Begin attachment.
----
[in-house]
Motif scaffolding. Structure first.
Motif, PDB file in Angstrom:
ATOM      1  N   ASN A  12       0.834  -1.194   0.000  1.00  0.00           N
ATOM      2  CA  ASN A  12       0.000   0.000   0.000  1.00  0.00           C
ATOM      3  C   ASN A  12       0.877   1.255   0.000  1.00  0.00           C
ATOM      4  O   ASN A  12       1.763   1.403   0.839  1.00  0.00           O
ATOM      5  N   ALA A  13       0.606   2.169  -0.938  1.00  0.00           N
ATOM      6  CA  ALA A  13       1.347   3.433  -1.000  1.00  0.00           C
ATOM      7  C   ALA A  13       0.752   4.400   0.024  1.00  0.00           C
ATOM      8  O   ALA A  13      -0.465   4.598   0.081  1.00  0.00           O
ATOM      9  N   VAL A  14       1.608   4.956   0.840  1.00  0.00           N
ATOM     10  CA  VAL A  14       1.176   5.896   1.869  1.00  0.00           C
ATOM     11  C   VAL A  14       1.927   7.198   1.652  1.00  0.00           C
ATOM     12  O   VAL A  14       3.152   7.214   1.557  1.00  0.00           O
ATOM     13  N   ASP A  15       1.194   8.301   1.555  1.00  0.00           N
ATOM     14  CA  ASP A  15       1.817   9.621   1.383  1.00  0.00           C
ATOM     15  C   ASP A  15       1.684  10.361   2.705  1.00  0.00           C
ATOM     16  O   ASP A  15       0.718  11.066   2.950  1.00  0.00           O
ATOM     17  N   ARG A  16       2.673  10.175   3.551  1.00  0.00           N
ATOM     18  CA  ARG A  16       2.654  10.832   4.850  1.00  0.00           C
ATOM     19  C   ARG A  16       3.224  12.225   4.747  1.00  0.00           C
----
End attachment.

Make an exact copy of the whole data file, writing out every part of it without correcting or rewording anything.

[in-house]
Motif scaffolding. Structure first.
Motif, PDB file in Angstrom:
ATOM      1  N   ASN A  12       0.834  -1.194   0.000  1.00  0.00           N
ATOM      2  CA  ASN A  12       0.000   0.000   0.000  1.00  0.00           C
ATOM      3  C   ASN A  12       0.877   1.255   0.000  1.00  0.00           C
ATOM      4  O   ASN A  12       1.763   1.403   0.839  1.00  0.00           O
ATOM      5  N   ALA A  13       0.606   2.169  -0.938  1.00  0.00           N
ATOM      6  CA  ALA A  13       1.347   3.433  -1.000  1.00  0.00           C
ATOM      7  C   ALA A  13       0.752   4.400   0.024  1.00  0.00           C
ATOM      8  O   ALA A  13      -0.465   4.598   0.081  1.00  0.00           O
ATOM      9  N   VAL A  14       1.608   4.956   0.840  1.00  0.00           N
ATOM     10  CA  VAL A  14       1.176   5.896   1.869  1.00  0.00           C
ATOM     11  C   VAL A  14       1.927   7.198   1.652  1.00  0.00           C
ATOM     12  O   VAL A  14       3.152   7.214   1.557  1.00  0.00           O
ATOM     13  N   ASP A  15       1.194   8.301   1.555  1.00  0.00           N
ATOM     14  CA  ASP A  15       1.817   9.621   1.383  1.00  0.00           C
ATOM     15  C   ASP A  15       1.684  10.361   2.705  1.00  0.00           C
ATOM     16  O   ASP A  15       0.718  11.066   2.950  1.00  0.00           O
ATOM     17  N   ARG A  16       2.673  10.175   3.551  1.00  0.00           N
ATOM     18  CA  ARG A  16       2.654  10.832   4.850  1.00  0.00           C
ATOM     19  C   ARG A  16       3.224  12.225   4.747  1.00  0.00           C